US GIRLS: STAGE DIVE
QUIRKY THOUGHTS COLLECTION
Essays, personal stories and curiosities from our guest femxle contributors
US GIRLS: STAGE DIVE
Let me recount the one and only time I ever tried to stage dive. This was 20+ years ago. I can’t remember what band was playing but the location was most definitely the decrepit bowling alley turned sacred venue Fireside Bowl in Chicago. I’m positive I didn’t have my driver’s license yet so would have been dropped off by my mom or older brother. I would have pleaded with the driving familiar to let me out some blocks away but they would have ignored my request, dropping me off right in front of the lineup of people waiting to get in (oh my suburban shame!).
I can see me then as easily as looking in the mirror now: cuffed blue jeans, studded belt, white button up short sleeve oxford shirt with a bright pink bra underneath, no makeup, big black boots, hair short and spiky, glasses thick-lensed and wire-framed. Too funny I can remember my outfit but not the bands on the bill. There is always a hierarchy of importance within memories though, AKA The Bands Musta Not Been That Good Whereas My Outfit Was Dope.
It was deeply humid that particular show. The walls and ceiling dripping. Truly gross but I was in my favourite place in the world: the front row. Where all the huffing, finger pointing men pulled their pit faces for me to mimic, where I could see the band, look them in the eyes and record their every move for later use in front of bedroom mirror. I was always drawn to that up front intimate space at every show. I thought it was the men, that I belonged with them, that I was one of them. At the same time, I wanted them to think I was “hot” hence pink bra and bedroom eyed slam dancing. Strange duality!
I don’t know what got into me that night but the time had come for this girl to fly. I crawled onto the gummy-germ-carpet stage through the band’s legs (careful not to unplug any cords). I got myself upright, performed a little pep-talk-skank… Then launched the sequence to Officially Stage Dive, as I had seen countless men do on MTV, freeze-framed in Rolling Stone, falling on top of me at every show, even mellow acoustic affairs (there was a time when every show had a pit and divers, no?).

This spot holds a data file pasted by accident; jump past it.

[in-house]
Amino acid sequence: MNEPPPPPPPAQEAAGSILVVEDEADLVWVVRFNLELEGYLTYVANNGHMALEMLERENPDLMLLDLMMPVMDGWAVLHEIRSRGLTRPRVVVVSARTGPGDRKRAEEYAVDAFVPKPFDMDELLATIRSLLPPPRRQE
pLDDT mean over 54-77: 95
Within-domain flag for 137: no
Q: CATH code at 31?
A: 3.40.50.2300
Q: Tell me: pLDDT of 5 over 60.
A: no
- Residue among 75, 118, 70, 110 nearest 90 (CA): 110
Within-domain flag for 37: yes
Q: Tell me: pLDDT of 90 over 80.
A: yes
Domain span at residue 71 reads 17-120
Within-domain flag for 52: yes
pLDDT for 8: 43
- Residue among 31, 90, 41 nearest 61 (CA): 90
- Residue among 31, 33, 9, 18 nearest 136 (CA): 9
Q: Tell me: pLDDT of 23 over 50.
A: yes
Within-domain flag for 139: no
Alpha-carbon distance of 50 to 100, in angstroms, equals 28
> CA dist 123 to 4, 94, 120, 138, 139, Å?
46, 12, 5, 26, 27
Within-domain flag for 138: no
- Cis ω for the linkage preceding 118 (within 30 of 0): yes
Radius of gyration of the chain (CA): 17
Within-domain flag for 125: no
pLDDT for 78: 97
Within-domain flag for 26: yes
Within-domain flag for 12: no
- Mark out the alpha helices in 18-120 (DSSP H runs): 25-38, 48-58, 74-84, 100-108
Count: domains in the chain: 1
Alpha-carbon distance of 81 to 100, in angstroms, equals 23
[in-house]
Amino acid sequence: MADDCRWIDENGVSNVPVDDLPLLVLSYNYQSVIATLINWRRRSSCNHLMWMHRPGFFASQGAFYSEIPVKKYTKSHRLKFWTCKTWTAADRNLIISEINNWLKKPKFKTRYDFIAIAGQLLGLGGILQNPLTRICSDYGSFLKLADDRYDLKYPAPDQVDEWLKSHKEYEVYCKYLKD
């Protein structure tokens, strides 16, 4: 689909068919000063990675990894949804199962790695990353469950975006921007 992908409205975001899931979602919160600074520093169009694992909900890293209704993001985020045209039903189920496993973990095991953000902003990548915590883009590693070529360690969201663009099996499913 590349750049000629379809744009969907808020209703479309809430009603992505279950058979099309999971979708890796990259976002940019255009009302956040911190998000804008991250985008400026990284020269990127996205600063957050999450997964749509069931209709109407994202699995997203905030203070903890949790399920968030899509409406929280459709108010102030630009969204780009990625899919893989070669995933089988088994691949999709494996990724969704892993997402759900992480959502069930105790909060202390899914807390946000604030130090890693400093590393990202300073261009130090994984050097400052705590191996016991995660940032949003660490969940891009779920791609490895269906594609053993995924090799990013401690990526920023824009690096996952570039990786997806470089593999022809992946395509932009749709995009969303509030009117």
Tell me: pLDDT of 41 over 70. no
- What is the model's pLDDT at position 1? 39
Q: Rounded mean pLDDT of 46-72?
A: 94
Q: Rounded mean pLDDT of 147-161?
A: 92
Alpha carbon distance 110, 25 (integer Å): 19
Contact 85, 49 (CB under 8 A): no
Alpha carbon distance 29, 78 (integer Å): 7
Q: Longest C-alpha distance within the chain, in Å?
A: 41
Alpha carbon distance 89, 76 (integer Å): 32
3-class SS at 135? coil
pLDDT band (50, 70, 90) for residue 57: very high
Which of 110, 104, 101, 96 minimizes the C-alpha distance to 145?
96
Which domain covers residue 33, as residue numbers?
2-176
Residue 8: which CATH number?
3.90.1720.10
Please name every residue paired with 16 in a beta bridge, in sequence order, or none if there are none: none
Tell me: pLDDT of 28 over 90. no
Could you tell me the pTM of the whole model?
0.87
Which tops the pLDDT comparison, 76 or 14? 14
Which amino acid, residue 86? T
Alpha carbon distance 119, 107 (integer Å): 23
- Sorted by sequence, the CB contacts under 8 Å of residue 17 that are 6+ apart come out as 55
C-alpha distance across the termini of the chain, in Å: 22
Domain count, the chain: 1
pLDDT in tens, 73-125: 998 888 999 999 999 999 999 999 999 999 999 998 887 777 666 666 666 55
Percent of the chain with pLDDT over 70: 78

The men always made it seem effortless so I had no doubt I would soar over all the hairdo’d heads, be victoriously caught and carried to the side where from then on I’d be part of the High Flyers Club. Would I get some sort of cool badge to show for it? Perhaps a little cup of Gatorade to replenish my electrolytes? I “ran” the one and a half steps of space that were available to me, I bent my knees (not enough, jeans were maybe too tight), I used my arms as counter weights (wings!) to propel myself up and…
My airborne ambition was instantly, shockingly cancelled by physics. I hadn’t considered that the stage was only like 3 feet tall. In order for me to have successfully gotten up and over the heads of the crowd, I would have had to have a vertical leap of at least…well…I can’t do the proper math… My poor math left me slamming into the front row of punks like an apologetic wrecking ball. I landed in a radioactive shame sack on the ground, smellable waves of mortification coming off me. This bird could not fly nor did she dare stand up. I crawled on hands and knees through/around the perimeter of the crowd. Once the exit was in sight, I gathered my steaming self up and ran out of there.
I hid outside for the rest of the show, unable to leave the immediate area due to my ride coming to pick me up at some time “on the dot!” I burned with self-hatred imagining that upon my exit the entire show had morphed into a roast of ME, a laugh riot of people recreating my pitiful dive over and over again. I can see now this was a cognitive distortion, to think the world revolved around me and my attempt/misstep. But I didn’t know any better then (sometimes I still don’t). I was a child impossibly lost in A Man’s World trying to sort out my identity and desires. Sure, there must have been women at these shows but I never saw them. I only ever saw the men. Because the men were the only ones I ever saw on the stage.
EVERYTHING changed once I finally started seeing bands made up of women and non-gendered folks. I could relax, I could lose myself in the music/environment instead of using it as some microscope to dissect/judge/morph myself under. And I realized I never wanted to be a man, I just wanted to be on the stage! I was drawn to the front row because it was the closest spot to my dream.
My attempt to stage dive could be seen as my first solo performance in the city.
Ya gotta start somewhere…
Homepage illustration by Pinghua Chou
Meg Remy is a multi-disciplinary artist, and performer. Originally from Illinois, she is established as one of the most acclaimed songwriters and performers to emerge from Toronto’s eclectic underground music scene where she currently lives; she is primarily known as the creative force behind the musical entity U.S. Girls and has has toured extensively through Europe and North America. Meg has also maintained a visual arts practice, exhibiting collage work and directing several music videos and other video art works including her short film Woman’s Advocate (2014), in which she also performed. Her first book Begin by Telling is due in March 2021.